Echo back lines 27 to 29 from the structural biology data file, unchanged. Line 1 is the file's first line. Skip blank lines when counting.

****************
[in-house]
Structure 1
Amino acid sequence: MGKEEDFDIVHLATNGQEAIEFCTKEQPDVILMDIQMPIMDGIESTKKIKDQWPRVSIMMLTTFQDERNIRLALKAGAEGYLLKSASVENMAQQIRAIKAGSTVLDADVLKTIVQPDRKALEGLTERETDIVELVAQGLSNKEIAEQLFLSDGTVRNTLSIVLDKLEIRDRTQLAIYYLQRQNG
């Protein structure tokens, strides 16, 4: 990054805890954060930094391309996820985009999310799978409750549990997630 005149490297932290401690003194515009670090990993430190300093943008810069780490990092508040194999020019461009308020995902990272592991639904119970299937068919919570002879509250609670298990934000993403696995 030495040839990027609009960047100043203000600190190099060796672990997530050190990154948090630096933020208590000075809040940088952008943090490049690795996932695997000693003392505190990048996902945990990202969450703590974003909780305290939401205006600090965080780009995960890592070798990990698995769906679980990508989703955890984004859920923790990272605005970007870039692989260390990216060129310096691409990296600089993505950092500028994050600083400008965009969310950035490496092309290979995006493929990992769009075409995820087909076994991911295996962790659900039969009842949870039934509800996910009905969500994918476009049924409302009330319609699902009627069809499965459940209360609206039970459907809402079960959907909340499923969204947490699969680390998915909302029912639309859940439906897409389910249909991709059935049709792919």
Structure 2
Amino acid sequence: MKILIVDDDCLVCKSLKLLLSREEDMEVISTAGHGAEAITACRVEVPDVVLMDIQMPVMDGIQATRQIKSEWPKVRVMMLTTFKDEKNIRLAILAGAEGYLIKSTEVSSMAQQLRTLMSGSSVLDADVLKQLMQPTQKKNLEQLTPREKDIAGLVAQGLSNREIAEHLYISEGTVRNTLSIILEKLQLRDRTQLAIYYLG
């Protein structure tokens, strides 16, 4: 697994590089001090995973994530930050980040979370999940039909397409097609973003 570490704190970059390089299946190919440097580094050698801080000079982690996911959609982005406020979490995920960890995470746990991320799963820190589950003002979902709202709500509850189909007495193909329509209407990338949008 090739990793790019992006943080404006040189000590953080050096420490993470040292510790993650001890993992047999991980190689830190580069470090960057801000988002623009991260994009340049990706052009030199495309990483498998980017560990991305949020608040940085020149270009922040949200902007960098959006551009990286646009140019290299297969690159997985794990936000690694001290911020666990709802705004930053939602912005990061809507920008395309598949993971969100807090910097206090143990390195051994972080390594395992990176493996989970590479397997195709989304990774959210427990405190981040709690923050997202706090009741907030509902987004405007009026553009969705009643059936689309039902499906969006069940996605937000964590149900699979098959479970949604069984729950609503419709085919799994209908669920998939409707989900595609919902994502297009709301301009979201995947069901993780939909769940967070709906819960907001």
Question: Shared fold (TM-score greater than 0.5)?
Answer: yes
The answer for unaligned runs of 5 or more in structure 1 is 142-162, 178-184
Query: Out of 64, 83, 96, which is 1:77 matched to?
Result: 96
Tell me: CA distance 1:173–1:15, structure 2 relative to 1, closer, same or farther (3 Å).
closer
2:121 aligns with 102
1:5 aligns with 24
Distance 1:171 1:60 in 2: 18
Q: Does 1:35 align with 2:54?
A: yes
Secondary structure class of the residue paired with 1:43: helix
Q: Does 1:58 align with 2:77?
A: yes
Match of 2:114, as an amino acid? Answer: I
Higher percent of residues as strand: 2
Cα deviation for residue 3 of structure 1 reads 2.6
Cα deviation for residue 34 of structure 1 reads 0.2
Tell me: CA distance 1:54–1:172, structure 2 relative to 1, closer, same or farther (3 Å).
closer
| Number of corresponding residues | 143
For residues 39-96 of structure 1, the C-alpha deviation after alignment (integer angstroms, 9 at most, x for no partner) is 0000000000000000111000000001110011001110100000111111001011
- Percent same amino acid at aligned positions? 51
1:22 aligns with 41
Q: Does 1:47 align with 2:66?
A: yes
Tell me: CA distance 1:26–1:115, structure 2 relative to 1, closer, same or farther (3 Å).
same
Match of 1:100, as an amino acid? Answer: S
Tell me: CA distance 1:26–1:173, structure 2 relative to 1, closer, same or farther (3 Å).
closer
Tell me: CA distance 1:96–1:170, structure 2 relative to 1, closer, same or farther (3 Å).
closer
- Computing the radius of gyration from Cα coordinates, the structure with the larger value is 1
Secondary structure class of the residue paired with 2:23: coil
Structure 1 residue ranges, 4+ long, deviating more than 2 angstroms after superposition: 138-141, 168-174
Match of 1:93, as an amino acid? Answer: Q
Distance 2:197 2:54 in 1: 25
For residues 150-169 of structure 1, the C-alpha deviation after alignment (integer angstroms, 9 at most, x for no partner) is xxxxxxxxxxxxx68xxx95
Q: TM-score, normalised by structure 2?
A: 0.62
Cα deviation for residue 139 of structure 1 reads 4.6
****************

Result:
Tell me: CA distance 1:54–1:172, structure 2 relative to 1, closer, same or farther (3 Å).
closer
| Number of corresponding residues | 143